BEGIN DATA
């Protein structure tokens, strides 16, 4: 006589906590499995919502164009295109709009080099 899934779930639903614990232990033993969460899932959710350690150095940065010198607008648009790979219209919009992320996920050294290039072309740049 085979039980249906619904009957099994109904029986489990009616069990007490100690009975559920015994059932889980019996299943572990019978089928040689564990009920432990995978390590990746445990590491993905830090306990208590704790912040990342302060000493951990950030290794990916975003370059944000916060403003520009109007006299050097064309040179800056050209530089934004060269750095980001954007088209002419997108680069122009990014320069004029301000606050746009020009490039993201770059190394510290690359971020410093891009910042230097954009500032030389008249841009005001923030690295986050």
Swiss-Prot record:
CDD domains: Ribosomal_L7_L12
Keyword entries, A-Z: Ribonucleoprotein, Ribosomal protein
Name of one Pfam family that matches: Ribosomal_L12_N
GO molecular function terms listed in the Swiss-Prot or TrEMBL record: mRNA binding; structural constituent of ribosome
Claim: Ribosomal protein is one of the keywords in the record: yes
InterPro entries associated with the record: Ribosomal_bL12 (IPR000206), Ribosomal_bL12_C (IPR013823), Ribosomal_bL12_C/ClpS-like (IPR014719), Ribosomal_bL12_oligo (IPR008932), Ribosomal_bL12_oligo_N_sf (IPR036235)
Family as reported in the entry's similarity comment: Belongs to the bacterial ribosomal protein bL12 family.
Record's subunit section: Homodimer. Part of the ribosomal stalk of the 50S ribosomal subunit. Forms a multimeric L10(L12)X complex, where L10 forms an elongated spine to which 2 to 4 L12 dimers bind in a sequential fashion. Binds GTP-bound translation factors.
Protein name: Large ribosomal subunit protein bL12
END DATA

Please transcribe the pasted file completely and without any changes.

């Protein structure tokens, strides 16, 4: 006589906590499995919502164009295109709009080099 899934779930639903614990232990033993969460899932959710350690150095940065010198607008648009790979219209919009992320996920050294290039072309740049 085979039980249906619904009957099994109904029986489990009616069990007490100690009975559920015994059932889980019996299943572990019978089928040689564990009920432990995978390590990746445990590491993905830090306990208590704790912040990342302060000493951990950030290794990916975003370059944000916060403003520009109007006299050097064309040179800056050209530089934004060269750095980001954007088209002419997108680069122009990014320069004029301000606050746009020009490039993201770059190394510290690359971020410093891009910042230097954009500032030389008249841009005001923030690295986050």
Swiss-Prot record:
CDD domains: Ribosomal_L7_L12
Keyword entries, A-Z: Ribonucleoprotein, Ribosomal protein
Name of one Pfam family that matches: Ribosomal_L12_N
GO molecular function terms listed in the Swiss-Prot or TrEMBL record: mRNA binding; structural constituent of ribosome
Claim: Ribosomal protein is one of the keywords in the record: yes
InterPro entries associated with the record: Ribosomal_bL12 (IPR000206), Ribosomal_bL12_C (IPR013823), Ribosomal_bL12_C/ClpS-like (IPR014719), Ribosomal_bL12_oligo (IPR008932), Ribosomal_bL12_oligo_N_sf (IPR036235)
Family as reported in the entry's similarity comment: Belongs to the bacterial ribosomal protein bL12 family.
Record's subunit section: Homodimer. Part of the ribosomal stalk of the 50S ribosomal subunit. Forms a multimeric L10(L12)X complex, where L10 forms an elongated spine to which 2 to 4 L12 dimers bind in a sequential fashion. Binds GTP-bound translation factors.
Protein name: Large ribosomal subunit protein bL12